Local News

  • It's a family thing

    Forget television. Put away the video games. Mark Hillard wanted to find something to keep his family active.

    "I've got 10 kids and wanted to find something to do that was productive and get them out of the house."

    Hillard said his grandfather used to grow strawberries in Michigan, so he thought he'd give that a try.

  • Court backs up on constable limits

    A committee won't be recommending that constables complete an 18-week training course after all. And, with the group choosing not to make a recommendation in response to recent constable complaints, nothing has changed.

    Taylor Fiscal Court's Law Enforcement Committee met with five of the County's six constables last week to reiterate that constables are required to pay the County $10 for each court document they serve and can only use emergency lights with proper Fiscal Court permission.

  • Movie Gallery stores to close for good

    Movie Gallery customers have rented their last DVDs and video games.

    After filing for bankruptcy in February, Movie Gallery has sold its assets and will soon close all of its stores, including Campbellsville's.

    Great American Group Inc., a company specializing in asset disposition, valuation and appraisal services, announced recently in a news release that it will purchase Movie Gallery Inc.'s store inventory, fixtures, leases and properties for $74.2 million and is conducting going-out-of-business sales.

  • Man sentenced to nine years in prison

    One of the 19 people charged last year with operating a crime ring formed to sell drugs in Taylor and surrounding counties has pleaded guilty and been sentenced to prison.

    Grant William Odegard, 44, of 3192 James Lane in Campbellsville appeared before Taylor Circuit Judge Allan Bertram on April 30, though records from the appearance were not given to the Taylor Circuit Clerk's office until May 21.

  • State budget still up in the air

    Lawmakers are still trying to reach a compromise on a state budget that funds essential services while shrinking a projected $1 billion budget shortfall.

    Legislators were called back to Frankfort last week for a special session to pass a state budget plan.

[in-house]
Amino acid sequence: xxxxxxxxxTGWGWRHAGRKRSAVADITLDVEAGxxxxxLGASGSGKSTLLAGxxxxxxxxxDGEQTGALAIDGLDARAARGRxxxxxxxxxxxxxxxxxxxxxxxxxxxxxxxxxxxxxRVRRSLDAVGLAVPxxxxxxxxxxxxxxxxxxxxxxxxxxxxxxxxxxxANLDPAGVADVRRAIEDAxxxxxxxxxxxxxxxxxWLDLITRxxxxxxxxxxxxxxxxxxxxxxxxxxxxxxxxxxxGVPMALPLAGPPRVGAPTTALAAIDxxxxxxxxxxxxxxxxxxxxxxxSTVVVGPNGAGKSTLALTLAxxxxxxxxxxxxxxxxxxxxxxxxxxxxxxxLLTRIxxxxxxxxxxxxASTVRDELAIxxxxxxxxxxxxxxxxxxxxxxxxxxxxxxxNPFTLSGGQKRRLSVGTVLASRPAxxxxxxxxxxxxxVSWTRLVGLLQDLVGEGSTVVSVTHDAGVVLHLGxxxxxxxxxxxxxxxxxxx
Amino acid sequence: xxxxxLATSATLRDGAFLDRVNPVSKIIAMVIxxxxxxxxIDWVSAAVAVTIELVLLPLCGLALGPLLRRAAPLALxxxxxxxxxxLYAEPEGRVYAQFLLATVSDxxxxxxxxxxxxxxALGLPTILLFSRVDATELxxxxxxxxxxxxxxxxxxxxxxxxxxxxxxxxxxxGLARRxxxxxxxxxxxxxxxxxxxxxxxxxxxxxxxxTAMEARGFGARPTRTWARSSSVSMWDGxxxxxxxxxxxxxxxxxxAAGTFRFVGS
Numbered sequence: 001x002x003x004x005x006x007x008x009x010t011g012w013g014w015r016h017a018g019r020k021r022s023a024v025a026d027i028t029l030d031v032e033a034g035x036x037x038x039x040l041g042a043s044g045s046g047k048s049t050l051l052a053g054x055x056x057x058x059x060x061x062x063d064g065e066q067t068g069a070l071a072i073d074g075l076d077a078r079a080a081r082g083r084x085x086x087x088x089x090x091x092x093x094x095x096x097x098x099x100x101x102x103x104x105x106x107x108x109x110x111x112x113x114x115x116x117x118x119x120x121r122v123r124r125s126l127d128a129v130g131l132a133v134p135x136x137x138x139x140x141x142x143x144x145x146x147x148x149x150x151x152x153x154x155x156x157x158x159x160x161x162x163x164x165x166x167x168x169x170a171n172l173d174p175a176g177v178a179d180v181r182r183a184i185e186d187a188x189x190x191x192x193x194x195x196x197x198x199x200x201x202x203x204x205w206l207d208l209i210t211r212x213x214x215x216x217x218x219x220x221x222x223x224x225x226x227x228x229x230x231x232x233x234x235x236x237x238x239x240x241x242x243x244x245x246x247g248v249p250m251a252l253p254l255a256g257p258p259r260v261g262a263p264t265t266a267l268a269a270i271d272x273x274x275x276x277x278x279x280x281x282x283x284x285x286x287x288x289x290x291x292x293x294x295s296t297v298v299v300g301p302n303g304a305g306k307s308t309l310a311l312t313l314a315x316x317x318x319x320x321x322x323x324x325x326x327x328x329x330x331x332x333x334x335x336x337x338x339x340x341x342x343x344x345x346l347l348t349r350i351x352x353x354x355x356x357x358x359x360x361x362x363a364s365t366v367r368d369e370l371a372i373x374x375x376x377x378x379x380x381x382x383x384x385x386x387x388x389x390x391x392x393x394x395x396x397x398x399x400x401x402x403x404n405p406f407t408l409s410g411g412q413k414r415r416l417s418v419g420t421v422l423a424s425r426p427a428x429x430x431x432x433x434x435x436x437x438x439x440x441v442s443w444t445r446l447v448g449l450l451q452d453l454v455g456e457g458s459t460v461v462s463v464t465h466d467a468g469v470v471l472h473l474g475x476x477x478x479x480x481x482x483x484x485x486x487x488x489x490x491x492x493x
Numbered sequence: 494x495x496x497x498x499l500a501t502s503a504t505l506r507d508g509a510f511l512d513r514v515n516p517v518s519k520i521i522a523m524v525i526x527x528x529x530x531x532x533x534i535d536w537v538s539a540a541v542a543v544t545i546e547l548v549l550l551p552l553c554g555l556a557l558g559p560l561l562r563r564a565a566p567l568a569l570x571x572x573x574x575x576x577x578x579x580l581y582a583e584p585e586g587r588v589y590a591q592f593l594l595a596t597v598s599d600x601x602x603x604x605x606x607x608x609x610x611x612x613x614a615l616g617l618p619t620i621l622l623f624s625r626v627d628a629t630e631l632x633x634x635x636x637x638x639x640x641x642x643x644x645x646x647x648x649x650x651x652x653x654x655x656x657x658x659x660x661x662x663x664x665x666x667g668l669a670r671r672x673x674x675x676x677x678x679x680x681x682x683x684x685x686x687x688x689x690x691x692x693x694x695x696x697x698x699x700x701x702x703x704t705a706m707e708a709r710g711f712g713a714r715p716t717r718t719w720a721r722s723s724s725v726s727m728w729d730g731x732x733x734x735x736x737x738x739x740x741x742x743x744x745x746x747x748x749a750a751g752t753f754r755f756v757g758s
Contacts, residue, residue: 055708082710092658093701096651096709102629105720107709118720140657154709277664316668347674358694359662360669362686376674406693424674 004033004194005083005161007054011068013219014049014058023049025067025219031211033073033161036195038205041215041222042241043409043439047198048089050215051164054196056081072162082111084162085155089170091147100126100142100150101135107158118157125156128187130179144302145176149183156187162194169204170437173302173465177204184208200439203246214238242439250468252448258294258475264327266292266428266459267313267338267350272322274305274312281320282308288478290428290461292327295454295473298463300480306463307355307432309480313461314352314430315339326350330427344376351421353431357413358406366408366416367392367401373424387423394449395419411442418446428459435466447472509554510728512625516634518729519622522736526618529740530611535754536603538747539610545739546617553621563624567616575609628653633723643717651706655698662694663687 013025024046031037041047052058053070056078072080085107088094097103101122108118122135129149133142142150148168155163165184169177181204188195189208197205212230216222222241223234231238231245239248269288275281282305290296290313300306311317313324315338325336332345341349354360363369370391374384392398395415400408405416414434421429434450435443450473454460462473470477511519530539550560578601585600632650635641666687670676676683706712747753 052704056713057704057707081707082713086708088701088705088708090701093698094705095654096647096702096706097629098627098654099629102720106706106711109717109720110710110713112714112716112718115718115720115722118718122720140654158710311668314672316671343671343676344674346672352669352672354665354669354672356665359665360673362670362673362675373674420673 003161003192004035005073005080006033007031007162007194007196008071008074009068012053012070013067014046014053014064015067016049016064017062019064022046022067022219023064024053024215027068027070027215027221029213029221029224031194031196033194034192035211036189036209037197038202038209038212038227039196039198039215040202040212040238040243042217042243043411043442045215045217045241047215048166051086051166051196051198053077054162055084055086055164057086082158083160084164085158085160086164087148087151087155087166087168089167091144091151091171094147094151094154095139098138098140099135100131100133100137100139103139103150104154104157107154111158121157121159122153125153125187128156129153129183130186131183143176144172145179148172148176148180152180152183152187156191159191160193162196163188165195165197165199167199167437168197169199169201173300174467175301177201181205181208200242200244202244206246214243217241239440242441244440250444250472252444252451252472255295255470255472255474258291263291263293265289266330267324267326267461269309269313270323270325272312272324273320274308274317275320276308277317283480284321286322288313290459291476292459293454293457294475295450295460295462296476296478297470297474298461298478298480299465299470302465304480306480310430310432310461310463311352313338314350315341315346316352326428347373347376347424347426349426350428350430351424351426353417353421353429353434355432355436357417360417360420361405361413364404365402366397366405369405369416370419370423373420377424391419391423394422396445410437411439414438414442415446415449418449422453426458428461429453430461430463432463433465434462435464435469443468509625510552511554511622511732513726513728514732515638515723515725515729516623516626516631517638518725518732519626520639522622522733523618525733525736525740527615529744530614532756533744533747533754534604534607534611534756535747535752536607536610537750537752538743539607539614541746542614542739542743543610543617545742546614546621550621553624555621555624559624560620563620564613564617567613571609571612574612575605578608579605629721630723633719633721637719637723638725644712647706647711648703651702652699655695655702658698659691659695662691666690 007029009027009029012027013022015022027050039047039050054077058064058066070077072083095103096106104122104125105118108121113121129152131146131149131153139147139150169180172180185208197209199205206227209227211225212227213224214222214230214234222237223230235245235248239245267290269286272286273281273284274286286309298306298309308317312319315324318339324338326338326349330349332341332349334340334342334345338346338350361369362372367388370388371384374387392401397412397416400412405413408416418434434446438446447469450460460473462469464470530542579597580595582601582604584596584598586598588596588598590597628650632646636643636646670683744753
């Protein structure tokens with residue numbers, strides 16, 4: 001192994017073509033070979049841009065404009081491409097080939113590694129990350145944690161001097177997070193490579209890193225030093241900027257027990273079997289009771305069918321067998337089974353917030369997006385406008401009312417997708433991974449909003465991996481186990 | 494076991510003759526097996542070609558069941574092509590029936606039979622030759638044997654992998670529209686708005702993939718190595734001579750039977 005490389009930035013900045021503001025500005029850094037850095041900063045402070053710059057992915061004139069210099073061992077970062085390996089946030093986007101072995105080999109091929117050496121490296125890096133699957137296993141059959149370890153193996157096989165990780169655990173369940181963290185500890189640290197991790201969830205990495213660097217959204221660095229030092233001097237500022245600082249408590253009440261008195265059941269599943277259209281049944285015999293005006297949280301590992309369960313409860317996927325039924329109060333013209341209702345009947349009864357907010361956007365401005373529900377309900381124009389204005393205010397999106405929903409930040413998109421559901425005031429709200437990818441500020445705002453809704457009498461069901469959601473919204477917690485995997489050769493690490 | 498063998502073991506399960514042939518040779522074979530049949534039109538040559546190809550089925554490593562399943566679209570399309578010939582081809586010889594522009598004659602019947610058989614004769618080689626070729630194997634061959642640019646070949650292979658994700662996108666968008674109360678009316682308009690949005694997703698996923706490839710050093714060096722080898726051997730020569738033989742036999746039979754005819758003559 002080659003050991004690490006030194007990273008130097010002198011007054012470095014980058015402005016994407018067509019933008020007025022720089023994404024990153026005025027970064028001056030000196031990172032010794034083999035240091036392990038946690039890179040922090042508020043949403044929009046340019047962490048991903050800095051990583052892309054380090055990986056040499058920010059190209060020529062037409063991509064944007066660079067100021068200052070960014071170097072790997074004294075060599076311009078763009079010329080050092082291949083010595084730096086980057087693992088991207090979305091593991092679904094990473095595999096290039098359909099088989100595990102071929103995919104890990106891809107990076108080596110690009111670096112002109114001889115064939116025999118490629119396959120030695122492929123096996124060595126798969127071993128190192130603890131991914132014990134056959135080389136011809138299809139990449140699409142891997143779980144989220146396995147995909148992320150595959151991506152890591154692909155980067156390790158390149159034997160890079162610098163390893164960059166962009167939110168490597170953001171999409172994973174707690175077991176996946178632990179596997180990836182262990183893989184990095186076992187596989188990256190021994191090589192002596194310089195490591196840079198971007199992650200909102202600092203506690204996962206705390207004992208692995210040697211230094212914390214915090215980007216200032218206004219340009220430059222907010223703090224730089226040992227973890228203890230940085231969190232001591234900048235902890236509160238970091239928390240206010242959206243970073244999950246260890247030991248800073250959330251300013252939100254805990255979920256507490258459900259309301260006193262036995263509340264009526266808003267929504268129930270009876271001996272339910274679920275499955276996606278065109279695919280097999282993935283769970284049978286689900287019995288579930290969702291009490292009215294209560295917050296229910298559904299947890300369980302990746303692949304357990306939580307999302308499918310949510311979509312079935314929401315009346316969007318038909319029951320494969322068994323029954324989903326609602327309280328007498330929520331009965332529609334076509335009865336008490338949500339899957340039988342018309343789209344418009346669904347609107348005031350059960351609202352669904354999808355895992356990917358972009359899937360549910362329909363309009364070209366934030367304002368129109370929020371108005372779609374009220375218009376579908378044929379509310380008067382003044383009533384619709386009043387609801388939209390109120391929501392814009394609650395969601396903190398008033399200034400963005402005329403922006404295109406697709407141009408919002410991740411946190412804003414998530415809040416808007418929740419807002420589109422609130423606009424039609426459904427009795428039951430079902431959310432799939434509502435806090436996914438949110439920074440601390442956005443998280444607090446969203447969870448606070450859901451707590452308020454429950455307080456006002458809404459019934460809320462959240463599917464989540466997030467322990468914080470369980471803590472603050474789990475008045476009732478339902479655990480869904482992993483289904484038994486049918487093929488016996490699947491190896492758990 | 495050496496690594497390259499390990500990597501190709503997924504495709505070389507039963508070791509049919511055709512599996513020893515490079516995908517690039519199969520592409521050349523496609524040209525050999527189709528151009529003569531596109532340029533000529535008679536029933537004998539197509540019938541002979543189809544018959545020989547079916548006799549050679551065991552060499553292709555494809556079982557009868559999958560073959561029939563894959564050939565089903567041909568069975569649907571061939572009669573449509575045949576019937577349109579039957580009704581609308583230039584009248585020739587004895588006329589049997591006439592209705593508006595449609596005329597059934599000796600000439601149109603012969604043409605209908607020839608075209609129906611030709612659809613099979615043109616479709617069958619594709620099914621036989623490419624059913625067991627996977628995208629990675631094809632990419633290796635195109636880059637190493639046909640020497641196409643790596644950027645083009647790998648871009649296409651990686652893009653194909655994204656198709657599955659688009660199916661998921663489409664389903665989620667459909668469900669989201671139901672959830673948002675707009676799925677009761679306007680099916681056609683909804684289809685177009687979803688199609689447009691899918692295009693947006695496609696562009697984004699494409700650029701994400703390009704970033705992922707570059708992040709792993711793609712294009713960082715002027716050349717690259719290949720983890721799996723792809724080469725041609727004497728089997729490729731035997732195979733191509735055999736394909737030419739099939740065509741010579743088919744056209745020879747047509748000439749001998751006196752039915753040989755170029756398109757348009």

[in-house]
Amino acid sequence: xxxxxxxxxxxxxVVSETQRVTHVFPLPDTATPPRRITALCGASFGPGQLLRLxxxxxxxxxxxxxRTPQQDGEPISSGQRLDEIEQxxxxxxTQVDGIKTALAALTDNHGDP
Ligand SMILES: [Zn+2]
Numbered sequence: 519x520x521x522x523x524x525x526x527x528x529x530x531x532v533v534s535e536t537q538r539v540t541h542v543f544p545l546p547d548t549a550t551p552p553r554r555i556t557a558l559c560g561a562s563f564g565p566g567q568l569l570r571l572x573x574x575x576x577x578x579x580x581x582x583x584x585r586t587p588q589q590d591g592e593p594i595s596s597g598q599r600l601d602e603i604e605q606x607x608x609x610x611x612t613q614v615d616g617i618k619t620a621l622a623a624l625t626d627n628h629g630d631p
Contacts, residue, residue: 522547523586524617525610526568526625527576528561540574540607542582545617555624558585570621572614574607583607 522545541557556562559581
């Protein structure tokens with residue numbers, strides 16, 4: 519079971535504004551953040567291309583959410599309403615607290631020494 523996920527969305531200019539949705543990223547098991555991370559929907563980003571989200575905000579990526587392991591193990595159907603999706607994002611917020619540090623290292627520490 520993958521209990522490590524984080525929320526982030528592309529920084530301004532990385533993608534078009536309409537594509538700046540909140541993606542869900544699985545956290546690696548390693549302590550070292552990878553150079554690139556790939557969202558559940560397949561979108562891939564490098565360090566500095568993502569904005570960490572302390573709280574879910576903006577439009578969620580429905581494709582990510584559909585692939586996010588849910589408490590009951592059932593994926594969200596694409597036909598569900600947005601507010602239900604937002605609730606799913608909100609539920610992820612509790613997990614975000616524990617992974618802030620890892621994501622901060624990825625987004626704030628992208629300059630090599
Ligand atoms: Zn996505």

On Wednesday, the House passed a bare bones $17 billion budget bill, $1.2 billion less than the last time lawmakers passed a state budget in 2009.

  • Students get taste of history at Tebbs Bend Day

    The cannon blast echoes across Tebbs Bend. Smoke fills the air. Stunned silence is gradually followed by rounds of laughter and applause.

    "Do it again!" someone yells.

    Re-enactor Leonard Lay happily grabs another canister of powder as Mike Devlin cleans out the cannon with a wet sponge. Within moments, another blast roars across the field as students cover their ears.

    The cannon was the biggest hit of Tebbs Bend Education Day on Wednesday morning.

  • Beard sentenced to 14 years in prison

    The man who shot and killed David Brad Williams in 2008 was sentenced to serve 14 years in prison last week for his crimes. However, he will be eligible for parole after serving 20 percent of that sentence.

    Gary Lynn Beard appeared before Taylor Circuit Court Judge Dan Kelly on April 22 and pleaded guilty to shooting and killing Williams in June 2008.

    Beard, 28, of 160 Happy Hill Drive in Campbellsville, was scheduled to face a jury of his peers just two hours before entering the plea.

  • High school graduation ceremonies set

    Local high school graduations will begin tomorrow, with about 65 seniors walking across the stage at Campbellsville High School.

    Ceremonies will take place in Hamilton Auditorium, according to CHS counselor Elisa Rhodes, and begin at 6:30 p.m.

    Morgan Murrell is this year's valedictorian. Aaron Schwoebel is salutatorian. Rhodes said both will speak at tomorrow's ceremony and the school choir will perform.

  • Campbellsville man facing rape charge

    McQuinn O. Johnson, 35, of 206 Candace St. in Campbellsville has been indicted by a Marion County grand jury on charges of first-degree rape, intimidating a participant in the legal process and being a first-degree persistent felony offender.

    According to the indictment, on or about April 29, Johnson allegedly engaged in sexual intercourse with another person by force. The indictment also accuses him of attempting to influence the testimony of another person by the use of force or a threat to avoid the legal process.

  • Farm fields suffer from too much rain

    What took David Cowherd several hours and a few thousand dollars to install, Mother Nature washed away in just days.

    To prevent soil erosion on his farm, Cowherd had installed tiles 48 inches deep and dug four catch basins to direct excess rainwater into drains.

    However, the work had been completed only three weeks when the early May rains came. The ground, Cowherd said, hadn't had time to settle. The tiles and drainpipes eventually uprooted and floated to the top of the water standing in his fields.